Higher concentrations of Omega 3 fatty acids in the brain have been demonstrated to improve learning and memory, and have a beneficial effect on modulating mood and reducing risk of developing psychological disorders. Studies have also shown that omega 3 fatty acids are essential for good gut health, and that individuals who consumed higher amounts of oily fish had a greater abundance of good bacteria. This is essential for brain health, as many of these good bacteria are involved in synthesising neurotransmitters involved in mood regulation, such as GABA, serotonin and dopamine. Additionally, not consuming enough omega 3 has been suggested to impact on melatonin, a hormone which is essential for sleep.
The best way to increase omega 3 is through consuming oily fish such as salmon, mackerel and sardines. Often children are not too keen on oily fish due to the texture and the smell. Incorporating oily fish into dishes with rich, flavourful sauces such a curries, Italian tomato bases sauces and tagines, for example, can be a way of hiding any strong smells and tastes. Making homemade salmon fishcakes / fishfingers and serving with homemade sweet potato fries is also another practical way of introducing oily fish to children. However, there is also the option to supplement as well, and many companies offer kid friendly omega 3 supplements, as well as vegan alternatives, which are appealing in appearance and mask the fish taste.
Magnesium and Vitamin D
A study including 50 children with ADHD and 40 controls (no ADHD diagnosis) was conducted to 1) establish whether Vitamin D deficiency was more prevalent in children with ADHD, and 2) to investigate whether supplementation of Vitamin D could improve cognitive function in children who were identified to be deficient in Vitamin D. Results demonstrated that children with ADHD were more likely to be Vitamin D deficient. Moreover, children who were Vitamin D deficient, who received Vitamin D supplements were observed to experience improved cognitive function, specifically with reference to improved attention, and reduced hyperactivity and impulsivity.
A study including 66 children with ADHD, divided into either an intervention group where they received Vitamin D and Magnesium, or a control group, for 8 weeks, indicated these nutrients may play a key role in mental wellbeing and cognitive function in children. Results indicated that children in the vitamin D and magnesium groups demonstrated a significant reduction in emotional, behavioural and social difficulties, compared with controls.
A study which looked at Magnesium levels in a group of 50 children (25 with ADHD and 25 without the diagnosis) found that Magnesium deficiency was more common in children with ADHD (72%) of ADHD group). Moreover, the study found that children supplemented with Magnesium were observed to demonstrated improved cognitive function. In a further study, Magnesium deficiency was found to be highly prevalent in children with ADHD, and highly correlated with hyperactivity and impulsivity and difficulties with attention.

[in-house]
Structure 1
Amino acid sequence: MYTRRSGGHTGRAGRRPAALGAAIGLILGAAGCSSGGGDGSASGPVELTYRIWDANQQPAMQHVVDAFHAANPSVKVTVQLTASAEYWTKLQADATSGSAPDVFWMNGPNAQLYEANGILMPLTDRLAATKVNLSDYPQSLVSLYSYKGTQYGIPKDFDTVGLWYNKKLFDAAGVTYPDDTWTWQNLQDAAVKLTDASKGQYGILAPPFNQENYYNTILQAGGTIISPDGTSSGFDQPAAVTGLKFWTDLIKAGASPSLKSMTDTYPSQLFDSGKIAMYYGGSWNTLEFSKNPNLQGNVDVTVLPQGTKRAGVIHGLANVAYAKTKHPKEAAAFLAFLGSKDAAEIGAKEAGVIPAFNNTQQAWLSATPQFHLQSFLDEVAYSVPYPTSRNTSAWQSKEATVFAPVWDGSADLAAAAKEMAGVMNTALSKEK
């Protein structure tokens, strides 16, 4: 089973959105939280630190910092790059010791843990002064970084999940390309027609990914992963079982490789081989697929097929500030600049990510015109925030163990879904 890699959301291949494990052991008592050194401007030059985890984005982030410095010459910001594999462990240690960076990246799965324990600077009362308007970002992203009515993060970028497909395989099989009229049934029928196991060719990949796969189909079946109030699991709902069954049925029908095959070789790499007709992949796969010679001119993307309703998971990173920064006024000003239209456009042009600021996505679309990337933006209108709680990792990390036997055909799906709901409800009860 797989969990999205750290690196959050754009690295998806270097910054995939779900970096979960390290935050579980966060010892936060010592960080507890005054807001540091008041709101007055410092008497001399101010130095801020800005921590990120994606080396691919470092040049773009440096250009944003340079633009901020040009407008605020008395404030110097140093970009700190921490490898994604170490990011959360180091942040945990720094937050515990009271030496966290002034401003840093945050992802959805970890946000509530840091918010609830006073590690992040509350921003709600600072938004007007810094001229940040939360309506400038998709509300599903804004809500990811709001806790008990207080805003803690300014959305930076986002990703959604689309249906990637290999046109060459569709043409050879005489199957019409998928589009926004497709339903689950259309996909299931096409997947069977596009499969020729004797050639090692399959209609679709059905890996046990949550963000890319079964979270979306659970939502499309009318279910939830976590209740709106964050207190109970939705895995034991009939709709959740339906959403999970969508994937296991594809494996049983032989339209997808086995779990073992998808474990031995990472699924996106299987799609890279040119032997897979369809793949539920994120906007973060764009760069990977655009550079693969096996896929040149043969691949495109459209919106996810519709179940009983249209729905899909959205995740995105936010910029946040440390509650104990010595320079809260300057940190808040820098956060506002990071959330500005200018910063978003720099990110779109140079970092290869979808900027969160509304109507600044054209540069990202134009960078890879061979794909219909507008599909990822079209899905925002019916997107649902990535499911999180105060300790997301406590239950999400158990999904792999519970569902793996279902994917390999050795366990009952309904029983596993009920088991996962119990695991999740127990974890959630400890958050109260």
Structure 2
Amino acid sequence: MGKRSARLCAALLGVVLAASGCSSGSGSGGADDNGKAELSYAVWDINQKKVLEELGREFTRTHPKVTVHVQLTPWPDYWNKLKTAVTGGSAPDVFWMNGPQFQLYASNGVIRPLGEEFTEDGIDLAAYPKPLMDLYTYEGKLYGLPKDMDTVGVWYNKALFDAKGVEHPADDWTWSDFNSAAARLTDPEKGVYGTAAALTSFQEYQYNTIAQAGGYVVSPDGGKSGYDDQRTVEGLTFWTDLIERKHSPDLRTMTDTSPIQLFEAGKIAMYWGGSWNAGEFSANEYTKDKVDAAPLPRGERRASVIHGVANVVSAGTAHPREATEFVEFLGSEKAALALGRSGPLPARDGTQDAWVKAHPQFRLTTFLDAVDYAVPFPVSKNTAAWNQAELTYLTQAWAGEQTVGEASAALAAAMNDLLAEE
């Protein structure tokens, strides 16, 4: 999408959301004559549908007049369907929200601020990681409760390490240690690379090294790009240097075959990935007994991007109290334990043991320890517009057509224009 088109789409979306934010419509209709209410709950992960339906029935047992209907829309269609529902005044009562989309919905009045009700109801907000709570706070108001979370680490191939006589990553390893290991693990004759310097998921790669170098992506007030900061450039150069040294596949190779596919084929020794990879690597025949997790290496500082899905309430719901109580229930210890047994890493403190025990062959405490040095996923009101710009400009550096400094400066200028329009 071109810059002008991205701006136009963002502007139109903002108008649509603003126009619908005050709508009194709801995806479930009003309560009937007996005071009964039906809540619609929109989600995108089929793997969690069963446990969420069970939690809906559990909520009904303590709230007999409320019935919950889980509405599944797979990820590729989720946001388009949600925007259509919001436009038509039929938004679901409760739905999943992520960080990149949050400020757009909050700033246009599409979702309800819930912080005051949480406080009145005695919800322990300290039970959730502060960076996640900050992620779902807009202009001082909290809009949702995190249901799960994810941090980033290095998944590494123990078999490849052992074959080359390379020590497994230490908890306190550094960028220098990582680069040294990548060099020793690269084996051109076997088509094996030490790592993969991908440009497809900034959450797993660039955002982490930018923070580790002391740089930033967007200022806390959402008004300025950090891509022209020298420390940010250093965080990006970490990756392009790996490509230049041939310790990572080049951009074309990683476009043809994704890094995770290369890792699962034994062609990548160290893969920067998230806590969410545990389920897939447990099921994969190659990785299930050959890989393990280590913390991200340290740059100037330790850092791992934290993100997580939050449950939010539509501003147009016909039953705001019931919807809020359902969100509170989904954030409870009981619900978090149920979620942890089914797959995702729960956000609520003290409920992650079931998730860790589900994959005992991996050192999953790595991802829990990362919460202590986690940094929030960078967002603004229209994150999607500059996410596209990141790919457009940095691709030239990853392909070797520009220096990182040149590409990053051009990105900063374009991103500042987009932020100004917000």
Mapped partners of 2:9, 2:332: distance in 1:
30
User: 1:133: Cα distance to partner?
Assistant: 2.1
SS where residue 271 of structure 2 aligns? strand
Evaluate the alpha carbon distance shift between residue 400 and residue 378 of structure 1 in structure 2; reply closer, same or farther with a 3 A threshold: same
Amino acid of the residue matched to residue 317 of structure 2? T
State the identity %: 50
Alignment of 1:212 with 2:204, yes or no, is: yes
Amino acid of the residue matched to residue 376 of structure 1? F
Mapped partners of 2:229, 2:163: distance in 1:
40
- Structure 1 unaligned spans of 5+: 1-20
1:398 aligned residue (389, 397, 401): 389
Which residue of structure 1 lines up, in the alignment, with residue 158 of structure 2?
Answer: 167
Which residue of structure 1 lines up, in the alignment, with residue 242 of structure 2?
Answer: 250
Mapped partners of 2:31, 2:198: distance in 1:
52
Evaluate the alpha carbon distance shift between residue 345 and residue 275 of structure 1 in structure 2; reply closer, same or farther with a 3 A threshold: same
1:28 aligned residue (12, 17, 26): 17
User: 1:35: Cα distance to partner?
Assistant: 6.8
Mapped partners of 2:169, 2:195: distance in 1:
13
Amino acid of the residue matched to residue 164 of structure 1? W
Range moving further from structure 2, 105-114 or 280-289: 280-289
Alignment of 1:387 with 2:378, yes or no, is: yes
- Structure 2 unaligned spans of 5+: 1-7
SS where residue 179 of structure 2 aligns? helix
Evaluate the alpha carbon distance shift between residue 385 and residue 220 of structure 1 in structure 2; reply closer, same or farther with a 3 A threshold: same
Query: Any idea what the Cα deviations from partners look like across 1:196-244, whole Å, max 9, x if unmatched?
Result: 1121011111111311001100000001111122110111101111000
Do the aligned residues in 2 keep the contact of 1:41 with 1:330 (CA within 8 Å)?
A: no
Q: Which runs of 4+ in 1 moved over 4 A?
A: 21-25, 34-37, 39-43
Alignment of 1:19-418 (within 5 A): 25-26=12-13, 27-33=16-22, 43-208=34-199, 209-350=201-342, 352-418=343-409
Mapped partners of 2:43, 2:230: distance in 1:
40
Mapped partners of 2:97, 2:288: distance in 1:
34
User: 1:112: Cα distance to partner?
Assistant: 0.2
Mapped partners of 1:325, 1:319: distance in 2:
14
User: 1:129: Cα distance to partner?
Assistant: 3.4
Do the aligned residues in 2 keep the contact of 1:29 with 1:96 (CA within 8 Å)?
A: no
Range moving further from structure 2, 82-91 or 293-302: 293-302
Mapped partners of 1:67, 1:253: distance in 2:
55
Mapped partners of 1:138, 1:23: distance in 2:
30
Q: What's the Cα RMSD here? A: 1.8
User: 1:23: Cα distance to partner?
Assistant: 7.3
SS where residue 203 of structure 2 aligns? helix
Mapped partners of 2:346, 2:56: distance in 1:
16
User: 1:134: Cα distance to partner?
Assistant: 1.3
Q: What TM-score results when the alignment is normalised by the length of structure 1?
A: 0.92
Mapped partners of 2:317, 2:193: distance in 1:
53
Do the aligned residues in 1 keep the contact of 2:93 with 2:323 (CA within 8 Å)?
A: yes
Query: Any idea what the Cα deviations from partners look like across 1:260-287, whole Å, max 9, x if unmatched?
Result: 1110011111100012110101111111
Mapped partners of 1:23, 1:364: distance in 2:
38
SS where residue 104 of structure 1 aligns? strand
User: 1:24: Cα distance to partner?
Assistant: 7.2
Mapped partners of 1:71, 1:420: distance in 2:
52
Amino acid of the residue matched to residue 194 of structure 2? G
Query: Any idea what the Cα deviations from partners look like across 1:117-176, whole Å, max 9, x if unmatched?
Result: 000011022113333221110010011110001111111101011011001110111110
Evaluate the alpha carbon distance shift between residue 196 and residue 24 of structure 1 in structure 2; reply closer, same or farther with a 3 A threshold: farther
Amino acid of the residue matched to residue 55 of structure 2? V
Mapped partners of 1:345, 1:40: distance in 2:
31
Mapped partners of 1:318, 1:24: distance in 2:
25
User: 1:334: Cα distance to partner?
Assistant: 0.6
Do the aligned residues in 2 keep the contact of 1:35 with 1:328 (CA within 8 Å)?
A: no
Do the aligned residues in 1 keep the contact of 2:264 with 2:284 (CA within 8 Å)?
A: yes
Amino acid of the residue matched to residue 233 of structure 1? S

Results indicated that children with ADHD had lower serum concentration of 25 (OH) Vitamin D compared with children without ADHD (95% CI). Children divided into either an intervention group (1000IU of Vitamin D3) or a control group (placebo) for three months. Results indicated a significant improvement in the intervention group for ADHD symptomology, in terms of a significant reduction in impulsivity, and reductions in inattention observed .
Although these findings are promising, the levels of Vitamin D used in some of the studies are above the current upper safe limits recommended in the UK (4,000 IU). Further research is required which explores the impact of lower levels of Vitamin D (<4,000 IU) on cognitive function and wellbeing in children.
Zinc deficiency has been suggested to be highly prevalent in children with ADHD, and correlated with hyperactivity, inattention and impulsive behaviour. Further study has suggested that children with ADHD may be more vulnerable to Zinc deficiency. More research is required into this area to explore further, as an additional possibility is that children who are Zinc deficient could be more likely to present with ADHD. Good sources of zinc include whole grains, milk, oysters, red meat, and poultry, chickpeas and nuts.
Increase Consumption of Vegetables and Fruit
Research has demonstrated that children who consumed a higher amount of vegetables had higher cognitive scores, with regards to better organisation and critical thinking, compared with children who consumed fewer portions of vegetables. Lower consumption of vegetables amounts of vegetables and fruits compared with controls. In the study, 25% of ADHD group reported consuming only one portion of vegetables or fruit per week.
Increase physical activity
Research indicated that children who engaged in children were observed to exhibit better focus, cognitive flexibility and memory.
Linda Albinsson BSc Nutritional Science, CNELM (in conjunction with Middlesex University), Registered Nutritional Therapist (BANT)